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Making Catastrophe Insurance Decisions When the Science Is Uncertain.

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Wednesday, 25 September 2019, 4:30

Wednesday, September 25, 2019. 4:30 PM. Making Catastrophe Insurance Decisions When the Science Is Uncertain. Richard Bradley, Visiting Fellow, Princeton University.  Sponsored by  Princeton University, Climate Futures Initiative in Science, Values, and Policy.  More information. 

Richard Bradley is professor of philosophy at the London School of Economics and Political Science. He works mainly on decision making under uncertainty, but has broad research interests in formal epistemology, value theory, social choice, and philosophy of language (especially conditionals). His recent book “Decision with a Human Face” attempts to provide a theory of rational belief attitude formation and decision making for agents that face uncertainty taking a variety of forms and that are aware of their own bounds. During his time at Princeton, he will be looking at the implications of scientific uncertainty for policy making and focusing on the question of how to assess policies that differ in the nature and extent of the uncertainty that they impose on people.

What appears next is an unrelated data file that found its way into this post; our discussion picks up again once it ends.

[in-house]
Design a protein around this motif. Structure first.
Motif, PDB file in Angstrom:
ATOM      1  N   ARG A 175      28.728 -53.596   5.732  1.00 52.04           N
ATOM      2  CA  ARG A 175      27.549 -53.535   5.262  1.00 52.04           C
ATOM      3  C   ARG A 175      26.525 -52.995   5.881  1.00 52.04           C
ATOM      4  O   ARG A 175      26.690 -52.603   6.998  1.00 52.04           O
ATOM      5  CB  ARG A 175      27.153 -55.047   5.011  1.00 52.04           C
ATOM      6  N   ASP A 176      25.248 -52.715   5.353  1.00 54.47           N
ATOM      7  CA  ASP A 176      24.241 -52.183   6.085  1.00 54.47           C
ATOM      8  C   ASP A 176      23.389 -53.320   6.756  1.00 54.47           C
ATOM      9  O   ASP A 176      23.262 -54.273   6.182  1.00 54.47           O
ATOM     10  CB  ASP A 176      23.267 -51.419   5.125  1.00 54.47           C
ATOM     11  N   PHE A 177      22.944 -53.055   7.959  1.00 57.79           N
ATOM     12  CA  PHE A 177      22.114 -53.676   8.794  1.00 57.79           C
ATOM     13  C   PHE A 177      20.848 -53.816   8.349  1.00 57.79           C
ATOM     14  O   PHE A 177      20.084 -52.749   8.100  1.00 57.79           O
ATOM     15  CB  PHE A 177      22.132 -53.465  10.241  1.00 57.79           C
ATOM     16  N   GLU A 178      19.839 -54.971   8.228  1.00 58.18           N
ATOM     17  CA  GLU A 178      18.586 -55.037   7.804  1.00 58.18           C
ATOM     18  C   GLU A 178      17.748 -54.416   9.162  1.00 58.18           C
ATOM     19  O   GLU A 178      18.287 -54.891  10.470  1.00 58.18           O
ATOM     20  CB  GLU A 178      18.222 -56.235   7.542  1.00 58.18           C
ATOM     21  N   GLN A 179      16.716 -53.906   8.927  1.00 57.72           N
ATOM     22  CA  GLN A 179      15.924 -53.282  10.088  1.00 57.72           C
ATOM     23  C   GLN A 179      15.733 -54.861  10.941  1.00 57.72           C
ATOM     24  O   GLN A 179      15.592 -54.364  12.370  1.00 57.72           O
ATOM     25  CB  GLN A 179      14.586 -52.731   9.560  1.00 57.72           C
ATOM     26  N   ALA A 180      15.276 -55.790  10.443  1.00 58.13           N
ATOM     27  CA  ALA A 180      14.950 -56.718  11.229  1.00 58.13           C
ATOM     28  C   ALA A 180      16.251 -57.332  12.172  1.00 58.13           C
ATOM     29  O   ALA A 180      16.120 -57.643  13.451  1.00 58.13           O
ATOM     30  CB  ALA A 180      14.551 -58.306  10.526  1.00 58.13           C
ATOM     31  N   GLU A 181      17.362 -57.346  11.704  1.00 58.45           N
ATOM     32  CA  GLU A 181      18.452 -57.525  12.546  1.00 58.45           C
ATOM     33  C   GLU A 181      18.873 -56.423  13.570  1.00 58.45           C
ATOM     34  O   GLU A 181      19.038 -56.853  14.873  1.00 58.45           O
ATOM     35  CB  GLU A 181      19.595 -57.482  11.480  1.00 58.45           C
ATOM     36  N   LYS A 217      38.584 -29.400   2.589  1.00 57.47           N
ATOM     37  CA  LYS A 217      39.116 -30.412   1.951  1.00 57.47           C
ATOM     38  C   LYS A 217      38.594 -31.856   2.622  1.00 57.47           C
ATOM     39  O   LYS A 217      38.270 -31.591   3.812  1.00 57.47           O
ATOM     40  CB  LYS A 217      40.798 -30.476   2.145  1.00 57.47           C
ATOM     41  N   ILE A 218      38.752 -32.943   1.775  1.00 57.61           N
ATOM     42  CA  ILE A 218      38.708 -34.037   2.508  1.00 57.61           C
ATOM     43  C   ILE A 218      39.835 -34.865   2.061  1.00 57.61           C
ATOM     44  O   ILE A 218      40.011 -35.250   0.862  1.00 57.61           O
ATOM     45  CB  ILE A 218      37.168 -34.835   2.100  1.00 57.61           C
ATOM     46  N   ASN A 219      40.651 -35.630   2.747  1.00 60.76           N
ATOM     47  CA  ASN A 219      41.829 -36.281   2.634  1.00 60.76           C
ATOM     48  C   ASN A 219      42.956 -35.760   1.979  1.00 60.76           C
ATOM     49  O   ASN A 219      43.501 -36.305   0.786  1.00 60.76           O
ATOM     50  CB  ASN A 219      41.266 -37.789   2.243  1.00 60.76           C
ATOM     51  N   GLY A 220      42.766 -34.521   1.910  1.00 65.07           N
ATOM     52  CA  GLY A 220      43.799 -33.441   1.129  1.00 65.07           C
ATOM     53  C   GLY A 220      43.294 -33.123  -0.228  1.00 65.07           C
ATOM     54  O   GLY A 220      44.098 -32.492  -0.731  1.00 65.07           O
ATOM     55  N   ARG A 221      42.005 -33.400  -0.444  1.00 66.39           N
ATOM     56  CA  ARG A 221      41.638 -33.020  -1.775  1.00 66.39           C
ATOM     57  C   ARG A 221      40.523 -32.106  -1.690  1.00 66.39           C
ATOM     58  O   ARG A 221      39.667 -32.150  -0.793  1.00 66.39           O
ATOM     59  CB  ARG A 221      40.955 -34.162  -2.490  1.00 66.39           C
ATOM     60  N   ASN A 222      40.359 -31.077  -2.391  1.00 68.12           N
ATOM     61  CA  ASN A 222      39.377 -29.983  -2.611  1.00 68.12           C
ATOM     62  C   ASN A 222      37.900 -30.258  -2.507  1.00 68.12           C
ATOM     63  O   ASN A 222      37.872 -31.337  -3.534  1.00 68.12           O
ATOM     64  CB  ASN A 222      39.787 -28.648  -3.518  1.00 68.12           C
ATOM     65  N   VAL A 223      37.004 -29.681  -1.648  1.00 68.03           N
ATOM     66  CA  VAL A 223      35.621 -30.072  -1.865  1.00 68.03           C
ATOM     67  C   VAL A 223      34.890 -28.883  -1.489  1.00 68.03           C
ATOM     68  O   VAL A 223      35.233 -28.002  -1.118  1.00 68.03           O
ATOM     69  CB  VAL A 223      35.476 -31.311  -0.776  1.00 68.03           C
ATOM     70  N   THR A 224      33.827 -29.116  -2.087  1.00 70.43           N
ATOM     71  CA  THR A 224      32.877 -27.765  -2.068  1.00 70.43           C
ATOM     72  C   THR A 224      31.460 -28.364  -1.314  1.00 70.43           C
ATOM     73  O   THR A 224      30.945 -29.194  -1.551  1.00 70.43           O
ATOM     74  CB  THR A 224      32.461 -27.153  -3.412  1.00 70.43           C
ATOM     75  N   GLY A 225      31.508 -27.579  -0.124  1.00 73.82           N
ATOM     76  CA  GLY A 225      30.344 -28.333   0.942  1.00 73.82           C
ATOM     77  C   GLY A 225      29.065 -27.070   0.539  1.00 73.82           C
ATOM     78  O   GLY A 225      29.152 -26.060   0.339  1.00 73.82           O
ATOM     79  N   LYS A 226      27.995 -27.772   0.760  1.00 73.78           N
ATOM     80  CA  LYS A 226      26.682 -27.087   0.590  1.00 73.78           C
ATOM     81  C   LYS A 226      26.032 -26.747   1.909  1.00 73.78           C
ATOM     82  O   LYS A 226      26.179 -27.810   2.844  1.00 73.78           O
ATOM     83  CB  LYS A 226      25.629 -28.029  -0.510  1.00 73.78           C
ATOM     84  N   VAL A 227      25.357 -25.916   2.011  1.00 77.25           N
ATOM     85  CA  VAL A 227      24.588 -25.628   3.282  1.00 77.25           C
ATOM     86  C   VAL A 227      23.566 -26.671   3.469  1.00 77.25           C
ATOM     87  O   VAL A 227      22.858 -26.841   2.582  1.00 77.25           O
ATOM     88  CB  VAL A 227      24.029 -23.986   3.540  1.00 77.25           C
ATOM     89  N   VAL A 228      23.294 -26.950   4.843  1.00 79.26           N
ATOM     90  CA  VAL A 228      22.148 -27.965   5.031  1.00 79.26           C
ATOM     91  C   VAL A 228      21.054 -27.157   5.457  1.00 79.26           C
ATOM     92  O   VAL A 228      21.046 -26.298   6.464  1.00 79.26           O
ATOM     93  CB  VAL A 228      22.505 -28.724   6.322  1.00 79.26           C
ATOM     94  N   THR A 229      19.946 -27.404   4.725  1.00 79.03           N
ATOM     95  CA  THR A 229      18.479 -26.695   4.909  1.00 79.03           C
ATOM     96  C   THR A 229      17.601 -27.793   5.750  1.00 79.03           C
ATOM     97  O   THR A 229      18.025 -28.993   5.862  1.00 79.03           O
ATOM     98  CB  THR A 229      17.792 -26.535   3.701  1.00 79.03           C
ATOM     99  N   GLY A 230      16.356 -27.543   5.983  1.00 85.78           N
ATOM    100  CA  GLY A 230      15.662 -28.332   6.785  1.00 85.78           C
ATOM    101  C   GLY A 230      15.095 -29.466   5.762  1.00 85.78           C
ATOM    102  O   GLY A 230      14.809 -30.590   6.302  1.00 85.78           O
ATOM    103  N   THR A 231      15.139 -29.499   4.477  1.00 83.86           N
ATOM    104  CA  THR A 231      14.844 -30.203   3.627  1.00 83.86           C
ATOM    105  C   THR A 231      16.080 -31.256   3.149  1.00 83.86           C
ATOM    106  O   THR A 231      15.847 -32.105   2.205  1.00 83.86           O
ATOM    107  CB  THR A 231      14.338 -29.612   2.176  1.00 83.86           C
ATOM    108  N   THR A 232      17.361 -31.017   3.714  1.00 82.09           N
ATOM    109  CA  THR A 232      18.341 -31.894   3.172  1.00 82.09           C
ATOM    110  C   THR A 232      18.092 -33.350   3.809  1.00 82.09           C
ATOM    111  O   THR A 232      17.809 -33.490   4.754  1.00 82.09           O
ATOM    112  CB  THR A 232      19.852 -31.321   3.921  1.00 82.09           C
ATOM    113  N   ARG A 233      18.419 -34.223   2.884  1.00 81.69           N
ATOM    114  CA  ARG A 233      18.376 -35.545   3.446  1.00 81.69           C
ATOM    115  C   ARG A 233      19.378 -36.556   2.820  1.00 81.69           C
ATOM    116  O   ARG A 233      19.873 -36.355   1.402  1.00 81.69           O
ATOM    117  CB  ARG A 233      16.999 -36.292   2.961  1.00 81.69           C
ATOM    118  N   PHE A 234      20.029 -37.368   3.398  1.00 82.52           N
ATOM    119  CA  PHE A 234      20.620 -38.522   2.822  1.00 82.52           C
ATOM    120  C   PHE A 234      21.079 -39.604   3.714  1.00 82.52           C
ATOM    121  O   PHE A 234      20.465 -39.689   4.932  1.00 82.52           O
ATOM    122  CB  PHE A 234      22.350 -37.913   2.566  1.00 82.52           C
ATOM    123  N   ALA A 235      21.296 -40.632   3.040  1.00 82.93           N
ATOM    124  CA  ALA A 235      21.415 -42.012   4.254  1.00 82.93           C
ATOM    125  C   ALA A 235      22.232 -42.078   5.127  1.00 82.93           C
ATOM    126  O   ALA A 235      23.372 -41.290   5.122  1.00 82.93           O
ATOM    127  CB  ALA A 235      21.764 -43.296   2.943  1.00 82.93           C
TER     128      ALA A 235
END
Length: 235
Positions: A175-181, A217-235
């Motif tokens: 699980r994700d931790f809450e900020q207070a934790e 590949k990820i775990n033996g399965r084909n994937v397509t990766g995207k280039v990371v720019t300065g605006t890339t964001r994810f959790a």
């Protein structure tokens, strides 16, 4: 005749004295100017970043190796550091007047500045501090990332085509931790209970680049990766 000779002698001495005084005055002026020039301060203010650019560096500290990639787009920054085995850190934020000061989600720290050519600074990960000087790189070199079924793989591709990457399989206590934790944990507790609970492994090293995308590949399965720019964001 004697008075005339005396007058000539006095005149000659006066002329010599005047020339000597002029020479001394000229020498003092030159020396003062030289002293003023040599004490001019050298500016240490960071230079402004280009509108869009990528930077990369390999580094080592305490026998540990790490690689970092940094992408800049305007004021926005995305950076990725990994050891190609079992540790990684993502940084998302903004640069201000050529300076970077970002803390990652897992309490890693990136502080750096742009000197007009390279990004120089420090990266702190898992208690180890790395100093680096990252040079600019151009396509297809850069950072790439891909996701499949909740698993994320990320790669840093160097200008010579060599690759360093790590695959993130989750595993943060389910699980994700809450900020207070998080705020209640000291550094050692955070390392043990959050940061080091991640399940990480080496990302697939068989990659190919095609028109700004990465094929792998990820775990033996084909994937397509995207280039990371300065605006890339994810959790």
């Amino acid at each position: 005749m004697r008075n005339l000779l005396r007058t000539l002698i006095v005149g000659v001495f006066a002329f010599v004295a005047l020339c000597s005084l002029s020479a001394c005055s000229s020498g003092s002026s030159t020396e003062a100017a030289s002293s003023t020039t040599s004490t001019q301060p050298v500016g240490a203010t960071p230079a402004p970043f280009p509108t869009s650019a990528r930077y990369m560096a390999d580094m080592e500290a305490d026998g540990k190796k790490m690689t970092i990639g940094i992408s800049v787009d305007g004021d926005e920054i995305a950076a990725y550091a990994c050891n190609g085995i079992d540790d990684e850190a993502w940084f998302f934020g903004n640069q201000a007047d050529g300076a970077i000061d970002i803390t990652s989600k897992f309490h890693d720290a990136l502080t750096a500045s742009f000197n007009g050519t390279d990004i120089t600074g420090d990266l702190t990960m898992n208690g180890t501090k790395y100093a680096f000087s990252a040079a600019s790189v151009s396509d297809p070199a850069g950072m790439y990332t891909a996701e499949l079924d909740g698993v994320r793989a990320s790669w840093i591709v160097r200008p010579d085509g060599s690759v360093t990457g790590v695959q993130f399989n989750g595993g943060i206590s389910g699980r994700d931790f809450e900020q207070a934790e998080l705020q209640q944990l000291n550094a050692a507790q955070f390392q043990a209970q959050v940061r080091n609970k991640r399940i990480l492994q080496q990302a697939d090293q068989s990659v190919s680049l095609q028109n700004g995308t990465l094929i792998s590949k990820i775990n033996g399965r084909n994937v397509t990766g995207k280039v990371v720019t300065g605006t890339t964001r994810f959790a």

Bradley will examine the pricing of catastrophe insurance and argue in favor of pricing methods that exploit the trade-off between the specificity of scientific projections and the level of confidence in them mandated by current scientific understanding. While insurance and reinsurance are useful mechanisms for dealing with the risks associated with natural hazards, the scientific uncertainty contained in computational projections of hazard frequency and severity need to be recognized, measured and communicated to decision makers and decision tools developed.

 

 

Location  Room 100, Guyot Hall, Princeton University